Sometimes great information is hiding in plain site. I’ve been aware of Fivecat Studio in Pleasantville, New York for probably two years now. They’re a residential architecture firm owned by husband-and-wife team: Mark R. LePage and Annmarie McCarthy, serving Westchester County (NY), Fairfield County (CT), and the lower Hudson River Valley.
They came to my attention via Mark’s blog Living Well in Westchester which is an informal and informative read about residential architecture within and beyond Fivecat’s stomping grounds. It highlights projects, practitioners, products, publications and more. I periodically check in on Living Well in Westchester and somehow managed, until recently, to overlook the jewel tucked into the blog’s sidebar. It’s Fivecat’s Complete Guide to Residential Architecture on Squidoo.
I have to admit; I had never visited Squidoo before. For those few of you who haven’t either, Squidoo is a platform where folks can create pages, or “lenses,” which gather or compile information focused on their specific interests. Mark’s “lens” assembles in one place links to many residential architecture guides, resources, organizations, directories, conferences, and award programs. It’s a very handy compilation. Of course, most compilations are ever evolving, so if you know of a worthy item missing from Mark’s "lens", I’m sure he’d be happy to hear about it from you. Let him know via firstname.lastname@example.org. For instance, I’d like to see him add an architecture- and house-museum category. He also includes his favorite residential architecture blogs, magazines/journals, firms, books, and videos. Naturally, some of my favorites differ from his, but it’s always fun to learn of someone else’s.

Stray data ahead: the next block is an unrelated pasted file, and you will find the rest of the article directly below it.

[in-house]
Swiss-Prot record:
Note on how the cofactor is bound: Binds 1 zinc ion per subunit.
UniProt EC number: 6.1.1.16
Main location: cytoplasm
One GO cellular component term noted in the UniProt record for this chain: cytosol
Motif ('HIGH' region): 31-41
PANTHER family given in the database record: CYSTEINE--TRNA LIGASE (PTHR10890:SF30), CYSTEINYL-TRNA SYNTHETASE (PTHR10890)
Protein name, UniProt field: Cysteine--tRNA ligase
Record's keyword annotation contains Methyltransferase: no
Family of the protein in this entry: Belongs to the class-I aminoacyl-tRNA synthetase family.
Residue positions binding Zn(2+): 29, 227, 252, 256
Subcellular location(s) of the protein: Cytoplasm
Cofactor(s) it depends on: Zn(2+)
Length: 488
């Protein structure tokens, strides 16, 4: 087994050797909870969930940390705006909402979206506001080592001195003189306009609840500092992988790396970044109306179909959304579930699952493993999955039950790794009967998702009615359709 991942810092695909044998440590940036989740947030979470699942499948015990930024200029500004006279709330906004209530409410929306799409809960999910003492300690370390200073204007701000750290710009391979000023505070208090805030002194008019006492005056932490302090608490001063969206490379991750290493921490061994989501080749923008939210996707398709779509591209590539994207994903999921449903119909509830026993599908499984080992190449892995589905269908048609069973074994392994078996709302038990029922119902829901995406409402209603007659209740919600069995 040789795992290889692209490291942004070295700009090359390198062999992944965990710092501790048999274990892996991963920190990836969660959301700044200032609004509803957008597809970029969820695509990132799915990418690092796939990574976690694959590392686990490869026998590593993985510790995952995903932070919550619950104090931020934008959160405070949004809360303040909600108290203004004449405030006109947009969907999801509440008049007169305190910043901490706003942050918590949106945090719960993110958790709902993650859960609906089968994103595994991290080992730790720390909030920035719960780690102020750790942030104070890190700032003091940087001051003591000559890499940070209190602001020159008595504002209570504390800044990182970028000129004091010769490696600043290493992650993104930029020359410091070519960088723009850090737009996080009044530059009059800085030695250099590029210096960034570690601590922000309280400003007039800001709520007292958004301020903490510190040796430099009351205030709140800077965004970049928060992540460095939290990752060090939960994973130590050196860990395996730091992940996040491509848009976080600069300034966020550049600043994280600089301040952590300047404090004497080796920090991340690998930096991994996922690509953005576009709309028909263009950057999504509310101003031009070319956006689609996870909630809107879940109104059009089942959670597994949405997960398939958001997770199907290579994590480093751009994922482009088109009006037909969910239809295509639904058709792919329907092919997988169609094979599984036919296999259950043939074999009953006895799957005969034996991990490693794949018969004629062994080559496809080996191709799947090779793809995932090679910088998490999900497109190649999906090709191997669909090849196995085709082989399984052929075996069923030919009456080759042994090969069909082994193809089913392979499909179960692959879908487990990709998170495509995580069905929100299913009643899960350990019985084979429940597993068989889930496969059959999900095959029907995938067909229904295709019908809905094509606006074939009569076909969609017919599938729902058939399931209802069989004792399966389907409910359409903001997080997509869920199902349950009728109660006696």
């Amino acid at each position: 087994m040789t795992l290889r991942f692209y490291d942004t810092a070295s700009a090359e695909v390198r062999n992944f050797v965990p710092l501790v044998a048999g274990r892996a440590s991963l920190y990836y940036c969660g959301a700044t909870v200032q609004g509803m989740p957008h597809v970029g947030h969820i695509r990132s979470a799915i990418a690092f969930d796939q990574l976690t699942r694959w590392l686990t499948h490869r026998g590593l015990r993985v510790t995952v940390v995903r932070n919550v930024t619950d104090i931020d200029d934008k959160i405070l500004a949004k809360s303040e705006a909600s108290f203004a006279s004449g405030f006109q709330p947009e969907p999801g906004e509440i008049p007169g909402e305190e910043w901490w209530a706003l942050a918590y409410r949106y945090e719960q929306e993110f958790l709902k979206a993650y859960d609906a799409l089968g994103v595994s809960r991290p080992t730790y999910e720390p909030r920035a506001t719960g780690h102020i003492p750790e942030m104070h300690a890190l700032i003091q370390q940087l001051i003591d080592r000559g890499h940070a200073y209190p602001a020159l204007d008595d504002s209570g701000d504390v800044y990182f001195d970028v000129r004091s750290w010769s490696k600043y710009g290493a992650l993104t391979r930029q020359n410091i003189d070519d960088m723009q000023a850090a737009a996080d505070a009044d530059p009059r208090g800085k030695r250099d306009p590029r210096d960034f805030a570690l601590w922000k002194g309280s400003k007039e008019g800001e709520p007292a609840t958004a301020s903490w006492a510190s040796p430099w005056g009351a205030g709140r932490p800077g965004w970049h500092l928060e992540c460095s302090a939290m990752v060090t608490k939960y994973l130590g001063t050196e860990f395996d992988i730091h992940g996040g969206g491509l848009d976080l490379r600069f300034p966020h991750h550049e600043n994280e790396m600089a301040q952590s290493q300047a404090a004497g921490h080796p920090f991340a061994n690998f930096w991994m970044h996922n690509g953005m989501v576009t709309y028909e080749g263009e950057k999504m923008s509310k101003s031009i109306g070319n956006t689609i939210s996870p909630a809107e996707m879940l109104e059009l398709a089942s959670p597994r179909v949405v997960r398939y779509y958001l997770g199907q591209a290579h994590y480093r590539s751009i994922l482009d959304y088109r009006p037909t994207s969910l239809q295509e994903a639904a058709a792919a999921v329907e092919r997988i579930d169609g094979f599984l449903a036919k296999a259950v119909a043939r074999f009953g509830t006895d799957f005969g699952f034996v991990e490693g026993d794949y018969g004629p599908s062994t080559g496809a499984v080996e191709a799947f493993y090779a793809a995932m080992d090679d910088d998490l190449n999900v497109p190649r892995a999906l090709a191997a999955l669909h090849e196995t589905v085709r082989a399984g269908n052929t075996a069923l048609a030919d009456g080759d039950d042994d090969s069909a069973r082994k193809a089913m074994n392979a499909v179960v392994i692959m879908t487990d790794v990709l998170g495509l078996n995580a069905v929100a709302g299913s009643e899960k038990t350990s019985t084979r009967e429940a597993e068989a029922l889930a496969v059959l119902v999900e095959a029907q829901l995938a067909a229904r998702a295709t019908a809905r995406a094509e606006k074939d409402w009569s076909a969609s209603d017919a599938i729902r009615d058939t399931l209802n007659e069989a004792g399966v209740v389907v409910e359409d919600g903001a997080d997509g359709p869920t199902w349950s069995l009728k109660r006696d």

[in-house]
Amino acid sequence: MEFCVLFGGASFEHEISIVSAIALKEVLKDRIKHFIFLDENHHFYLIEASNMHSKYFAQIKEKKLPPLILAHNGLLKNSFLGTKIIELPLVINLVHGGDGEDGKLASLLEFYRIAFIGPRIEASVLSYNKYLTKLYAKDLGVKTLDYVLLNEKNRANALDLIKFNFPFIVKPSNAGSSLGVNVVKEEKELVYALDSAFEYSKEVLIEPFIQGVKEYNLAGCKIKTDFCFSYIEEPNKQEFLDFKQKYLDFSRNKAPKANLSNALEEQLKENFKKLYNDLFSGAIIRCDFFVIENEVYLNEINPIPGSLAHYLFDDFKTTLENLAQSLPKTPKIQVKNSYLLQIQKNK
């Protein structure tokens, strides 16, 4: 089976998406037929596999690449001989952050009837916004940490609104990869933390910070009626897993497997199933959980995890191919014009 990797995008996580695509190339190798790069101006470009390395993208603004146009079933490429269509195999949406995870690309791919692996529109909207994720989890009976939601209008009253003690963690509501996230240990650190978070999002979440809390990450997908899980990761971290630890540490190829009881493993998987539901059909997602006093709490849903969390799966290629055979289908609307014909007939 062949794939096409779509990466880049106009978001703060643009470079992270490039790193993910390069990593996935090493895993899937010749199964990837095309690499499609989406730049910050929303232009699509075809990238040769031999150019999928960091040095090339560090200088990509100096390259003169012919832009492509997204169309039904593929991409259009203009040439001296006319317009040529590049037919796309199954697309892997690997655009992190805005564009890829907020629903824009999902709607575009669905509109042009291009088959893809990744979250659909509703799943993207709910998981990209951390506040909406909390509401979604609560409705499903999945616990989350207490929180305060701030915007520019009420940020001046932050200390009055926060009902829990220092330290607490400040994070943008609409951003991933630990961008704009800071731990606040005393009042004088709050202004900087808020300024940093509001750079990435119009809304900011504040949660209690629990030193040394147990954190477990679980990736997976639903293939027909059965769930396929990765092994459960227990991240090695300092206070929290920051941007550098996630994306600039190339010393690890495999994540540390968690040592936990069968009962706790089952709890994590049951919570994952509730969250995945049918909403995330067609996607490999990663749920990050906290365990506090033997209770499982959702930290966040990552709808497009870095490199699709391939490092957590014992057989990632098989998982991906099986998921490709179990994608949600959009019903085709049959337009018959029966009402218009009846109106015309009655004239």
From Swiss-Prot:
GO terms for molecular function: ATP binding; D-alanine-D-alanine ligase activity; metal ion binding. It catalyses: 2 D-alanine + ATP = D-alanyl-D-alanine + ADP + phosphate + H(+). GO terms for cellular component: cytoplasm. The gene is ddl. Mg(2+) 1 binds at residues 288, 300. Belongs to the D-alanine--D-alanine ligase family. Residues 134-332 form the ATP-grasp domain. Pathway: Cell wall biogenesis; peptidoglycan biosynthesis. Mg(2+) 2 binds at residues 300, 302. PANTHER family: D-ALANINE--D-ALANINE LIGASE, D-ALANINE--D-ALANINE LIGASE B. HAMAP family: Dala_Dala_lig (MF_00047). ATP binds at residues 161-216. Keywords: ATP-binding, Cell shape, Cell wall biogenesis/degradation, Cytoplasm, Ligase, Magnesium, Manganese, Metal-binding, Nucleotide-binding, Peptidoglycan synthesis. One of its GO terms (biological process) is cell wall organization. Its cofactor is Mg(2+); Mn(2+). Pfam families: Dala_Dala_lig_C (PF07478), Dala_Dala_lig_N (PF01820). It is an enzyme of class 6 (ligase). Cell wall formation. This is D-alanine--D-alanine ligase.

Mark’s “lens” takes great strides towards illuminating the realm of residential architecture and making it more accessible to a general audience. The more we can engage folks in the built environment of their every-day neighborhoods, the better for those folks and their neighborhoods. I hope you’ll explore his guide and the residential architecture around you.
by Katie Hutchison for House Enthusiast